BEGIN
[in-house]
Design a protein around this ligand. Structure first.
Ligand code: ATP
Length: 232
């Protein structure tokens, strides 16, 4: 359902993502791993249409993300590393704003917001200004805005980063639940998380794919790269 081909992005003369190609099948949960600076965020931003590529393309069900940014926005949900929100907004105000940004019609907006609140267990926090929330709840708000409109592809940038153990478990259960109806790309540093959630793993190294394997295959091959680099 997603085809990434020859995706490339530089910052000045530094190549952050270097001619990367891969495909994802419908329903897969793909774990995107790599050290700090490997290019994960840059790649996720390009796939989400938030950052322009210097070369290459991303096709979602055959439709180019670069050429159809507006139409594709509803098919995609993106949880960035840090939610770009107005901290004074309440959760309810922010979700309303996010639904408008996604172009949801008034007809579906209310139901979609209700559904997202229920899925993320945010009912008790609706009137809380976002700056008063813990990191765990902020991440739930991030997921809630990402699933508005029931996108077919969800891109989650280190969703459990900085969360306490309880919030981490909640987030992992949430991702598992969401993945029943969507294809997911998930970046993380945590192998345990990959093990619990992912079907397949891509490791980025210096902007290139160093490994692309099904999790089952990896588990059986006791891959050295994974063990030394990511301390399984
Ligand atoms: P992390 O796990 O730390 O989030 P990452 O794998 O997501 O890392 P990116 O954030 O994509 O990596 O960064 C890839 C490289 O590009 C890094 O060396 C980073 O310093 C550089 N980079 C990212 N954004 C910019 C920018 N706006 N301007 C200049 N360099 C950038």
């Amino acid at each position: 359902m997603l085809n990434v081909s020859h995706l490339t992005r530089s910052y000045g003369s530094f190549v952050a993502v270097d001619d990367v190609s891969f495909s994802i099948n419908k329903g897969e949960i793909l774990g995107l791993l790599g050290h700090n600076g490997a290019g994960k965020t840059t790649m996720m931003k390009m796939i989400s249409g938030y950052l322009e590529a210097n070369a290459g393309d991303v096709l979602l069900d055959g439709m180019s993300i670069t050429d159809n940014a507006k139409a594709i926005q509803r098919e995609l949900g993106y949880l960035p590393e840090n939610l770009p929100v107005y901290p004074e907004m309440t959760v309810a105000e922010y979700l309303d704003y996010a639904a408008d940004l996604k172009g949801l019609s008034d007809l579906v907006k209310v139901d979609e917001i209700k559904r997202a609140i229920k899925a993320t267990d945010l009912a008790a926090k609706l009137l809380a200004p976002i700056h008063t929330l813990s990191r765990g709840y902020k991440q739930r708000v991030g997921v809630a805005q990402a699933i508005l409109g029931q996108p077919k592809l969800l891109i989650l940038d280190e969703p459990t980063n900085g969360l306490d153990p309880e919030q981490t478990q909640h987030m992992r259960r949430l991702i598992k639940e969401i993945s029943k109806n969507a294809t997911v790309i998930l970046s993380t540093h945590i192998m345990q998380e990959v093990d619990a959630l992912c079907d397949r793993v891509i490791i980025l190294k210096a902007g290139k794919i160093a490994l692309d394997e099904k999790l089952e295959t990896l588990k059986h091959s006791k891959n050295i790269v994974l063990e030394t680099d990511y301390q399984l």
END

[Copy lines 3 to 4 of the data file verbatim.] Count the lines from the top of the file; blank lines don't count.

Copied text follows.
Ligand code: ATP
Length: 232